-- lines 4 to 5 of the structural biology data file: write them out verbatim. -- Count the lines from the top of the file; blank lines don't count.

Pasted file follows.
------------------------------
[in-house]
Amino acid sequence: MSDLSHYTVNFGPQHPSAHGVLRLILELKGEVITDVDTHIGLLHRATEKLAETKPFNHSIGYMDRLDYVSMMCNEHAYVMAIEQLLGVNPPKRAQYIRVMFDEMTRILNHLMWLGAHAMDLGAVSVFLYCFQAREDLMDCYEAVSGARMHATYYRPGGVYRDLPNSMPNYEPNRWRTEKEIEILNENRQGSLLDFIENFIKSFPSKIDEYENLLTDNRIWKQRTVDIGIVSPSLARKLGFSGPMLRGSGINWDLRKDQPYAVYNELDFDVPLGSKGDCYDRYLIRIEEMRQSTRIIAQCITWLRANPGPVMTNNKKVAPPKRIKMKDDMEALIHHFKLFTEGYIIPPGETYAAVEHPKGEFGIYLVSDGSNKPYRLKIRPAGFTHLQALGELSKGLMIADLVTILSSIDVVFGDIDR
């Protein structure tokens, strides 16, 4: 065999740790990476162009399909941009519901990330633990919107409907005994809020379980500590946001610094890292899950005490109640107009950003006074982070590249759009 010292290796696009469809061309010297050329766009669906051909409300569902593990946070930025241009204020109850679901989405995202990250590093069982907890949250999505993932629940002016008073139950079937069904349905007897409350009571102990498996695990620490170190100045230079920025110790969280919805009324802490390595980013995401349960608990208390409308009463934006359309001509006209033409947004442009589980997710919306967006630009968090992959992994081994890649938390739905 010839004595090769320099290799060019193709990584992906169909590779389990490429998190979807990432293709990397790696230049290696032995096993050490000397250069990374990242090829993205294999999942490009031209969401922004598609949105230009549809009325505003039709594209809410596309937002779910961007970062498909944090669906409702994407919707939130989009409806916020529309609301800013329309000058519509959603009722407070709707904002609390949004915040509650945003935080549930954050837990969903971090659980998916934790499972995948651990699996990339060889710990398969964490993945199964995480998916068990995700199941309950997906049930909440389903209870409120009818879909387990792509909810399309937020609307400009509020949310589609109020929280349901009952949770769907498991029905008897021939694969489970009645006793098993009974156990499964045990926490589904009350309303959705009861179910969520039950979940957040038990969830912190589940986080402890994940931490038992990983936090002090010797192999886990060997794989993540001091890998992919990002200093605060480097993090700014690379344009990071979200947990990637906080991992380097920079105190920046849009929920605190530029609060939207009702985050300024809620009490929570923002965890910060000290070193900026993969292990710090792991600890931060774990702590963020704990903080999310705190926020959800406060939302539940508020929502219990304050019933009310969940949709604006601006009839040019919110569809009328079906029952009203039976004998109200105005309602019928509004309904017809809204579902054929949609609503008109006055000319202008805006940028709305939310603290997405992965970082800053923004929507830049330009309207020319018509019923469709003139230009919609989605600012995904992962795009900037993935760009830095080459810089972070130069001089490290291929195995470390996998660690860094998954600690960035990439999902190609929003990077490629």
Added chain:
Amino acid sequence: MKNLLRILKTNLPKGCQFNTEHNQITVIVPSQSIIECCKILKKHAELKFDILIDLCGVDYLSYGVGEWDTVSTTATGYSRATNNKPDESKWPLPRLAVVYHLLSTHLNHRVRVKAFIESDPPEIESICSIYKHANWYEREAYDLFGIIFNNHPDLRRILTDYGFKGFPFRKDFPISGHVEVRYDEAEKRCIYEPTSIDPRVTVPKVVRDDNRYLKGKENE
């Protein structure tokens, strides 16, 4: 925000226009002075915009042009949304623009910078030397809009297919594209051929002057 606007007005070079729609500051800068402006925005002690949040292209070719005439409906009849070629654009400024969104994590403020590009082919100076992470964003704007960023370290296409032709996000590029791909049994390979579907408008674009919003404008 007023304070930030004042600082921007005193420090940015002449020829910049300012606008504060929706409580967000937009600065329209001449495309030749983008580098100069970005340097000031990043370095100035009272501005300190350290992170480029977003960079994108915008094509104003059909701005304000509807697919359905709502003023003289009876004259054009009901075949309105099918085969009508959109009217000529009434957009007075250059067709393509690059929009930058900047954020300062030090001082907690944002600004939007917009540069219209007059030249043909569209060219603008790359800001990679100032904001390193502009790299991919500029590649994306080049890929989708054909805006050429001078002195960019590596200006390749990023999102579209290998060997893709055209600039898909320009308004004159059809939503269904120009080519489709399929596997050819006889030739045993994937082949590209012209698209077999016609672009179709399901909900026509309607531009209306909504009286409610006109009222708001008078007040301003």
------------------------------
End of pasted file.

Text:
Added chain:
Amino acid sequence: MKNLLRILKTNLPKGCQFNTEHNQITVIVPSQSIIECCKILKKHAELKFDILIDLCGVDYLSYGVGEWDTVSTTATGYSRATNNKPDESKWPLPRLAVVYHLLSTHLNHRVRVKAFIESDPPEIESICSIYKHANWYEREAYDLFGIIFNNHPDLRRILTDYGFKGFPFRKDFPISGHVEVRYDEAEKRCIYEPTSIDPRVTVPKVVRDDNRYLKGKENE